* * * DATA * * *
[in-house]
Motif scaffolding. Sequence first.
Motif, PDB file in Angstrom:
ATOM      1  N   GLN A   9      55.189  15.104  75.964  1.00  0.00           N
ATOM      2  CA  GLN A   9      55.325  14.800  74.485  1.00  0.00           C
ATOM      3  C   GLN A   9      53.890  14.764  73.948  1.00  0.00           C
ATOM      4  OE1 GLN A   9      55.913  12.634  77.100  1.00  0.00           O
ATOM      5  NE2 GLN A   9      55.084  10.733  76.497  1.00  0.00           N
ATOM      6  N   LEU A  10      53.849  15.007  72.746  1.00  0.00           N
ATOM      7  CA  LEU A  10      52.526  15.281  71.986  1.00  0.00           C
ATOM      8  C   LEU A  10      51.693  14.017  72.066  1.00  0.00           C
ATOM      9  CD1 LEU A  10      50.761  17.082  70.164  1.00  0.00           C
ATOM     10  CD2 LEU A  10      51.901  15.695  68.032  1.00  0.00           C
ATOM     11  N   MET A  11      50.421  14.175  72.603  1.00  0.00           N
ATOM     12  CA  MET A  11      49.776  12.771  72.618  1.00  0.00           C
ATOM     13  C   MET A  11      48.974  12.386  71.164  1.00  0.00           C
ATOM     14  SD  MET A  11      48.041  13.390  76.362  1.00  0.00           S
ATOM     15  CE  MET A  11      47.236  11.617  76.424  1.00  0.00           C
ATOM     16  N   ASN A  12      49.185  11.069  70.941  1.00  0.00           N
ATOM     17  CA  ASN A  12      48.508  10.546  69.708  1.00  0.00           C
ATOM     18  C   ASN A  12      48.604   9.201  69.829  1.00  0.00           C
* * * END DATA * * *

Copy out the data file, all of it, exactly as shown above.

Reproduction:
[in-house]
Motif scaffolding. Sequence first.
Motif, PDB file in Angstrom:
ATOM      1  N   GLN A   9      55.189  15.104  75.964  1.00  0.00           N
ATOM      2  CA  GLN A   9      55.325  14.800  74.485  1.00  0.00           C
ATOM      3  C   GLN A   9      53.890  14.764  73.948  1.00  0.00           C
ATOM      4  OE1 GLN A   9      55.913  12.634  77.100  1.00  0.00           O
ATOM      5  NE2 GLN A   9      55.084  10.733  76.497  1.00  0.00           N
ATOM      6  N   LEU A  10      53.849  15.007  72.746  1.00  0.00           N
ATOM      7  CA  LEU A  10      52.526  15.281  71.986  1.00  0.00           C
ATOM      8  C   LEU A  10      51.693  14.017  72.066  1.00  0.00           C
ATOM      9  CD1 LEU A  10      50.761  17.082  70.164  1.00  0.00           C
ATOM     10  CD2 LEU A  10      51.901  15.695  68.032  1.00  0.00           C
ATOM     11  N   MET A  11      50.421  14.175  72.603  1.00  0.00           N
ATOM     12  CA  MET A  11      49.776  12.771  72.618  1.00  0.00           C
ATOM     13  C   MET A  11      48.974  12.386  71.164  1.00  0.00           C
ATOM     14  SD  MET A  11      48.041  13.390  76.362  1.00  0.00           S
ATOM     15  CE  MET A  11      47.236  11.617  76.424  1.00  0.00           C
ATOM     16  N   ASN A  12      49.185  11.069  70.941  1.00  0.00           N
ATOM     17  CA  ASN A  12      48.508  10.546  69.708  1.00  0.00           C
ATOM     18  C   ASN A  12      48.604   9.201  69.829  1.00  0.00           C